A Tumble Creek Farm Ewe

A Tumble Creek Farm Ewe
One of many

Tuesday, January 25, 2011

A Warming Trend

While the East Coast is below zero, here on the West Coast we are having a warming trend. The next two weeks should be, as forecast, in the high 20s at night and up to 50+ for daytime temps. What a great time for me to start shearing the expecting ewes. Lambing should start here in early February so I started on the first eight yesterday. This ewe pictured is Emma and this is her second shearing. Some of the white flock is in the background happily chewing.

Tuesday, January 18, 2011

Happy New Year!

Now that the holidays are over and my daughter is back to college, I will get back to life on the farm. We had a wonderful Christmas with the family and friends. There was a good snowfall in mid-December and it stayed for a long time. We were too busy inside to have any time to play outside on Christmas Day. The grandkids love to make snow angels and I find them all over the yard when they leave. The quail seem to find something under the trees and the sun shines pink and yellow on the mountains.
  Yesterday I sheared two of my ewe lambs that will be shown as yearlings this year. The pregnant ewes will be sheared in the next two weeks with lambing commencing in early February.
  This is a busy time of getting all the tools and equipment assembled, plus putting the lambing pens back together. They are separate panels that are put together to make 5 x 5 pens for the new family groups. When not in use they are taken apart and stand against the lamb creep fence.
  After the lambs are a week old I will put up a divider fence in my barn and between the last two 12' feeders for a creep. I have a creep gate with a man gate on one end so I don't have to jump over the fences in the barn. This was at the Black Sheep Gathering last year so just had to add it to my collection. I already had a six foot creep gate that I will now set up in the pasture to continue feeding the lambs after mid-April.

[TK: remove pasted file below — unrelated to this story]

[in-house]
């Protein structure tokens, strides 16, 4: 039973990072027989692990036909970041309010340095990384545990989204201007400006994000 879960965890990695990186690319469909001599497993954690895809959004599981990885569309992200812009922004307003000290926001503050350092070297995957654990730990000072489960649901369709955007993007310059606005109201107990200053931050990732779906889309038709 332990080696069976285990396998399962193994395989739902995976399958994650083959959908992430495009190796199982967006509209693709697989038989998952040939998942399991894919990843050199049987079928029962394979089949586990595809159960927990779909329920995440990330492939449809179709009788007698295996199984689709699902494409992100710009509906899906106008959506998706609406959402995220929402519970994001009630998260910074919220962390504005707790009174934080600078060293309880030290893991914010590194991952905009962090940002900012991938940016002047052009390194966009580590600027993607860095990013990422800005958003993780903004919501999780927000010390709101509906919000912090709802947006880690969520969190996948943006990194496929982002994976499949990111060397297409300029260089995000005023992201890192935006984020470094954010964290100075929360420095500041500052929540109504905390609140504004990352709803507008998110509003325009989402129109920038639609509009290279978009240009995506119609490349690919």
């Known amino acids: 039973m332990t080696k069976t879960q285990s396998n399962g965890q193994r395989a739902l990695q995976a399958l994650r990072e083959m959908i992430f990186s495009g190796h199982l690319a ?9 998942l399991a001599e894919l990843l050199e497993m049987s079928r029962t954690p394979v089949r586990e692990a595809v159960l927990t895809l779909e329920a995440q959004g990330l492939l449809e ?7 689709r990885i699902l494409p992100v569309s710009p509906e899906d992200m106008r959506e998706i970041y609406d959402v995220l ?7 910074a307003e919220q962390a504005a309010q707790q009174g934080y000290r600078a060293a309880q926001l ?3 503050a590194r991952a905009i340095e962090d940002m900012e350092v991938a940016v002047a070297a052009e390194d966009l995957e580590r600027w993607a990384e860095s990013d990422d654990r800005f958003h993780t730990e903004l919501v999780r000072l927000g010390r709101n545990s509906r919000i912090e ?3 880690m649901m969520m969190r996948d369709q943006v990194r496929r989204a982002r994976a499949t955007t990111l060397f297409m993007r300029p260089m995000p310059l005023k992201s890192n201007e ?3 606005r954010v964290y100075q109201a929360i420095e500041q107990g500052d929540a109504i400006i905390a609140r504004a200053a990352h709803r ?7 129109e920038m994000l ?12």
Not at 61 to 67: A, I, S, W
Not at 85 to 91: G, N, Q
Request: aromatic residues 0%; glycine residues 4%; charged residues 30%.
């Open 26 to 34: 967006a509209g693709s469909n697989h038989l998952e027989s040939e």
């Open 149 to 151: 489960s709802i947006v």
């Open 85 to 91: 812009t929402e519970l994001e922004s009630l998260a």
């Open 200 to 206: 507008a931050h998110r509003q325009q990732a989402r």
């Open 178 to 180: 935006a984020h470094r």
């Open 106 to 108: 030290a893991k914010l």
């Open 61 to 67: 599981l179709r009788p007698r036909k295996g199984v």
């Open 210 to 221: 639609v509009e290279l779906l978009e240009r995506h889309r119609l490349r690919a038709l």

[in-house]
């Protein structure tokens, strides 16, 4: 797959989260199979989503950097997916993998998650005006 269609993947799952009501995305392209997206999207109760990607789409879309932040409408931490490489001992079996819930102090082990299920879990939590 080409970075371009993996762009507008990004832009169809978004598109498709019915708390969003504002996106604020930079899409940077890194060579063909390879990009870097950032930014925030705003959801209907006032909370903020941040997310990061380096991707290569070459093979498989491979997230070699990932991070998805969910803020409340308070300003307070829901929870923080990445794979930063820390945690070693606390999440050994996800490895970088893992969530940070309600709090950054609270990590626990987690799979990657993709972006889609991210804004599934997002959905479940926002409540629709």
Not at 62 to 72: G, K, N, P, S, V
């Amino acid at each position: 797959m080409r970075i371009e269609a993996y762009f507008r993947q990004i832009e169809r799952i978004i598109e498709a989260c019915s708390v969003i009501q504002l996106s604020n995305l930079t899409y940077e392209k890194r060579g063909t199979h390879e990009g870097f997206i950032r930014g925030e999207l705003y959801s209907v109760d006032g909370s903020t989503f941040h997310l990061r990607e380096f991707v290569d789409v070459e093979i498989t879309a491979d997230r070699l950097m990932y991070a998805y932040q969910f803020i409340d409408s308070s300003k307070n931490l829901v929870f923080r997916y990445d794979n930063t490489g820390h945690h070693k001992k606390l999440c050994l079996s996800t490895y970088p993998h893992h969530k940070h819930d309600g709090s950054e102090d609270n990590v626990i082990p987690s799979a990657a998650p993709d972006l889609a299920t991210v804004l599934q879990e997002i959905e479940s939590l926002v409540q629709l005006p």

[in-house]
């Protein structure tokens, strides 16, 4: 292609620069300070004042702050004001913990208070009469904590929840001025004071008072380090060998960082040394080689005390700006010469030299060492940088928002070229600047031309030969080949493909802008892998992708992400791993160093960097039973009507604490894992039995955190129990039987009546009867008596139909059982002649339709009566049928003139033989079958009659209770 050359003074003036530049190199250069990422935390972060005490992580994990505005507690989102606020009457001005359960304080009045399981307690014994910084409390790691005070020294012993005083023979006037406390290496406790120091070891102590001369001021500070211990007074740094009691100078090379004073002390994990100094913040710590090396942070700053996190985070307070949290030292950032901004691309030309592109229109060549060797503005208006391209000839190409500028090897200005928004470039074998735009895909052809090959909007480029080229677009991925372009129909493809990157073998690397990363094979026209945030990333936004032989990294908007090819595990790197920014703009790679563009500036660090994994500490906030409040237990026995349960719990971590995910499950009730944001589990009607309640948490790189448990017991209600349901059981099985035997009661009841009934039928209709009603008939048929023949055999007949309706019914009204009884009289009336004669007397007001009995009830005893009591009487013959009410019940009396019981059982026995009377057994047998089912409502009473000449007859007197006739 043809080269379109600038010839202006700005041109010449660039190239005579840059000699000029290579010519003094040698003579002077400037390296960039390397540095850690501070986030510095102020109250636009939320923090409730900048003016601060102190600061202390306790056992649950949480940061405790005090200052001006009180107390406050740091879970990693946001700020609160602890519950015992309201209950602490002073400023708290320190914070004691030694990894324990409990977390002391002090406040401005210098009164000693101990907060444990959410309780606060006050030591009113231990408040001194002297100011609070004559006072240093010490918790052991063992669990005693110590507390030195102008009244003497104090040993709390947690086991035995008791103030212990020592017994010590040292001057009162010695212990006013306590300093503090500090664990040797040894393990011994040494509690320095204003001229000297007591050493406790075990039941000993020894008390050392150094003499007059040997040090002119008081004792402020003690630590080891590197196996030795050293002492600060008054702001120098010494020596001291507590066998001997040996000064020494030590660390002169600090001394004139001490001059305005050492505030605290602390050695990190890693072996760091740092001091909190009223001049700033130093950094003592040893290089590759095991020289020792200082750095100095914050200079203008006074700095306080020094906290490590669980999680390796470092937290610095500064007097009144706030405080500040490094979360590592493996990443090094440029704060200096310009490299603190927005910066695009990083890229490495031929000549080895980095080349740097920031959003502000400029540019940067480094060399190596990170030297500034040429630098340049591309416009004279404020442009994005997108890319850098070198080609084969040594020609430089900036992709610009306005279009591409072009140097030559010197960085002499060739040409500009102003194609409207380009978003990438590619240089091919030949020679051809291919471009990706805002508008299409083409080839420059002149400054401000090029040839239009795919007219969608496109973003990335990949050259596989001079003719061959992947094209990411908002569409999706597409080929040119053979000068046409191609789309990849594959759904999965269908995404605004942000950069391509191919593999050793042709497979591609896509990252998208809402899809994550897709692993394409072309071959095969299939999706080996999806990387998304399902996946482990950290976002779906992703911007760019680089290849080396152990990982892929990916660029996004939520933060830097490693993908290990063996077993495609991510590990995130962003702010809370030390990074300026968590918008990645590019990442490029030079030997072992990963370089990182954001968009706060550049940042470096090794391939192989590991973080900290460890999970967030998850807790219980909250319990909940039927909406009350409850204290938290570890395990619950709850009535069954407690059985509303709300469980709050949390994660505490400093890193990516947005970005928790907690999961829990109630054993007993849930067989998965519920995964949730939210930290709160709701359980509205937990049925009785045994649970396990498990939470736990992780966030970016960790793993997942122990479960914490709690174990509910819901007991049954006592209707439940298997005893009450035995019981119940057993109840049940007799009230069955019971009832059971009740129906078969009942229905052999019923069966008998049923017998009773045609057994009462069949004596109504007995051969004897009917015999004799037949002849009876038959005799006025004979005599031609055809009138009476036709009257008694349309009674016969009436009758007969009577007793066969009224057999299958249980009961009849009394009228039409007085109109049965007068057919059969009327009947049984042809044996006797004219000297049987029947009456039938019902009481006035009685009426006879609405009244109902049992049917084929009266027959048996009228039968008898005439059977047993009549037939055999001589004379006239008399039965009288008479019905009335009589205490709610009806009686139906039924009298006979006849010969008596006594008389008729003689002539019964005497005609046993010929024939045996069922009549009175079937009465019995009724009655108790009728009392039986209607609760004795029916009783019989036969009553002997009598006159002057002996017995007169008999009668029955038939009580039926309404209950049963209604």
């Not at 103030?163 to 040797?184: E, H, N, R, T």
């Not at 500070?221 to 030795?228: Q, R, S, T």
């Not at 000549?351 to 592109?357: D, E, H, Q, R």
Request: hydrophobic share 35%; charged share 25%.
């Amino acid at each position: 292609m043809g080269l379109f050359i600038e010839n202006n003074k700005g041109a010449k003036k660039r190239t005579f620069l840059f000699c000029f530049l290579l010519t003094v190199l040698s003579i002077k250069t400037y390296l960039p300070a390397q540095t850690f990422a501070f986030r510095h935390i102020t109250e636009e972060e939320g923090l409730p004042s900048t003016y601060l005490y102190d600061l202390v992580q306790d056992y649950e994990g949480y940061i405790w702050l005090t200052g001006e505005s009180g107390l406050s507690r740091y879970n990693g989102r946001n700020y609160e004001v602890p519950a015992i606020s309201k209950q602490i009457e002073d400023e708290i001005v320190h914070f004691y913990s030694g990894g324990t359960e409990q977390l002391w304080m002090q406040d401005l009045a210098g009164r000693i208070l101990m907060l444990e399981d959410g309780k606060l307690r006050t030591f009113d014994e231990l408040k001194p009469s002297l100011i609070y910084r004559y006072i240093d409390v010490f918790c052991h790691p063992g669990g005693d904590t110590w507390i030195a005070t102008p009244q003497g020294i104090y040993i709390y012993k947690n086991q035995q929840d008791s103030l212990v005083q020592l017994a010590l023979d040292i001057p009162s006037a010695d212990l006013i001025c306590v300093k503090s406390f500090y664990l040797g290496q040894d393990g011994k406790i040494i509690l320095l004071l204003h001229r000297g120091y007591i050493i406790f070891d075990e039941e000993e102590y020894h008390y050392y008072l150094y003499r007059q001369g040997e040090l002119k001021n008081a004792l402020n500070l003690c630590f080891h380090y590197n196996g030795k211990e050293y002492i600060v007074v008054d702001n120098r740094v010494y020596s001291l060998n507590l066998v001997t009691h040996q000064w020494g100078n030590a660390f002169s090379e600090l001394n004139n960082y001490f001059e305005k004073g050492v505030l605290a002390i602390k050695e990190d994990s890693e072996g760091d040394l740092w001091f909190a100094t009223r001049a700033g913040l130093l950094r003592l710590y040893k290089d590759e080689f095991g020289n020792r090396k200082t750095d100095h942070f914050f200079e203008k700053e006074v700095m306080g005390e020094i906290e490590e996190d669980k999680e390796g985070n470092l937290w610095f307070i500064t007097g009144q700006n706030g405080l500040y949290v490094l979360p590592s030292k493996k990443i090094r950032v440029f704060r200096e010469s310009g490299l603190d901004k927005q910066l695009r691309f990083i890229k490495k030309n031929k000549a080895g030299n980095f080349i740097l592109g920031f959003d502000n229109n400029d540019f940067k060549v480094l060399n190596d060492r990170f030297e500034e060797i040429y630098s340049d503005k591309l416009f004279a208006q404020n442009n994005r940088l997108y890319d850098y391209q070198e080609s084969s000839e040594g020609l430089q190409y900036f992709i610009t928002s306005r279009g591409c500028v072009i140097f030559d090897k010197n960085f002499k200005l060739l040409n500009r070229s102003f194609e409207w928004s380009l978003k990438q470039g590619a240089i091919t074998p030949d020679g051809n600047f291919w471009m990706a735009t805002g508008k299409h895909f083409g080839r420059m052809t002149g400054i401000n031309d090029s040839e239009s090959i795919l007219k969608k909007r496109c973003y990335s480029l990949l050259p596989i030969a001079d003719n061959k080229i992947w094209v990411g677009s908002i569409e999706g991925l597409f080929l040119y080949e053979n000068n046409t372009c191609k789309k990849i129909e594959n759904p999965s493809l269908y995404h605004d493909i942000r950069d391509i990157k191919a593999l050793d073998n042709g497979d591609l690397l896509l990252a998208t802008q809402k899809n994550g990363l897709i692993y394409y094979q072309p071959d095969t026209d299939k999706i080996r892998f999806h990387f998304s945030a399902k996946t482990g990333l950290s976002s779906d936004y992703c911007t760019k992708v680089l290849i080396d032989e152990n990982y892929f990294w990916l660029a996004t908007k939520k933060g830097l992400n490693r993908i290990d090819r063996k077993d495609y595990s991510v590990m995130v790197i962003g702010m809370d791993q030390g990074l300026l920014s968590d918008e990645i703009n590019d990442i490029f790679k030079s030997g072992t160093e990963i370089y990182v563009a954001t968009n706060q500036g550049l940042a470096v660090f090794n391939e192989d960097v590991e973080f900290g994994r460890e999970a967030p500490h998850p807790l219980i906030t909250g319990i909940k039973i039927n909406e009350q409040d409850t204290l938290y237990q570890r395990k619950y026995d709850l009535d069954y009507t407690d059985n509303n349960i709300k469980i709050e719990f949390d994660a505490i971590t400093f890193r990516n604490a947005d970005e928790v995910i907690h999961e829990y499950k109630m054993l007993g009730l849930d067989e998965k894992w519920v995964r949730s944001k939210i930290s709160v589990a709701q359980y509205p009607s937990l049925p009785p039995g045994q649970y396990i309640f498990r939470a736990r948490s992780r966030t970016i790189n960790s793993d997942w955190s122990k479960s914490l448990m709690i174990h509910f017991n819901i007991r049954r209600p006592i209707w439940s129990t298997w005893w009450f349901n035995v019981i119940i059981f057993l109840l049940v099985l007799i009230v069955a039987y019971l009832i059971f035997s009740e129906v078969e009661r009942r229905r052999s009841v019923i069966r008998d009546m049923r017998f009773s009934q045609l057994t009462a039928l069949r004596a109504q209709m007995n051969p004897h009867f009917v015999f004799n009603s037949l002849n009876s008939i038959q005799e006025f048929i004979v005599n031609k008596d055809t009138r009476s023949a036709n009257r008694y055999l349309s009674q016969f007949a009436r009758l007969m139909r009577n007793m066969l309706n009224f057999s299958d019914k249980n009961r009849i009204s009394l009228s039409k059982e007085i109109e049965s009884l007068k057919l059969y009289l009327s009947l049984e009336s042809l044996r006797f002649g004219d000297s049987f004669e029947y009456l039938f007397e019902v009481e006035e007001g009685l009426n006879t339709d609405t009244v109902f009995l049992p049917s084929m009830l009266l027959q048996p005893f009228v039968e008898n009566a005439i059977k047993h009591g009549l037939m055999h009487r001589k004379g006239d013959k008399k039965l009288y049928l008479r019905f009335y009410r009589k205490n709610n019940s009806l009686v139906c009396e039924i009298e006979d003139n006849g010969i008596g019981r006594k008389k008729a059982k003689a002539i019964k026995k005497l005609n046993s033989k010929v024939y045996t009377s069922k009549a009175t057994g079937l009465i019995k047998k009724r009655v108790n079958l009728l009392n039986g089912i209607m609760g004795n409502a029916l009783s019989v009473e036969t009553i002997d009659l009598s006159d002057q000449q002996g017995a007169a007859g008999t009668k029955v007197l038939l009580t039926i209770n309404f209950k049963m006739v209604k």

We flood irrigate here so until the water comes on in April there is no drinking water in the fields unless I put it there. And the grass is just not up year-round to make it worth having them out there. Sometimes on sunny days I run the ewes out there for exercise and new scenery, but they always want to know what is going on in the barn.
  I am seeing a faint shade of green which is promising. This spring will bring tilling one small field and replanting. What will take the most time if picking up the rocks that the tiller will expose. This area is volcanic and we have about 6-12 inches of dirt on top of the rock shelf. Unless the rock comes up to the surface I don't go looking for it. Of course there are places where it is deeper soil and I am learning my field.
  The sheep think they are starving so I will bid you a good day. Enjoy!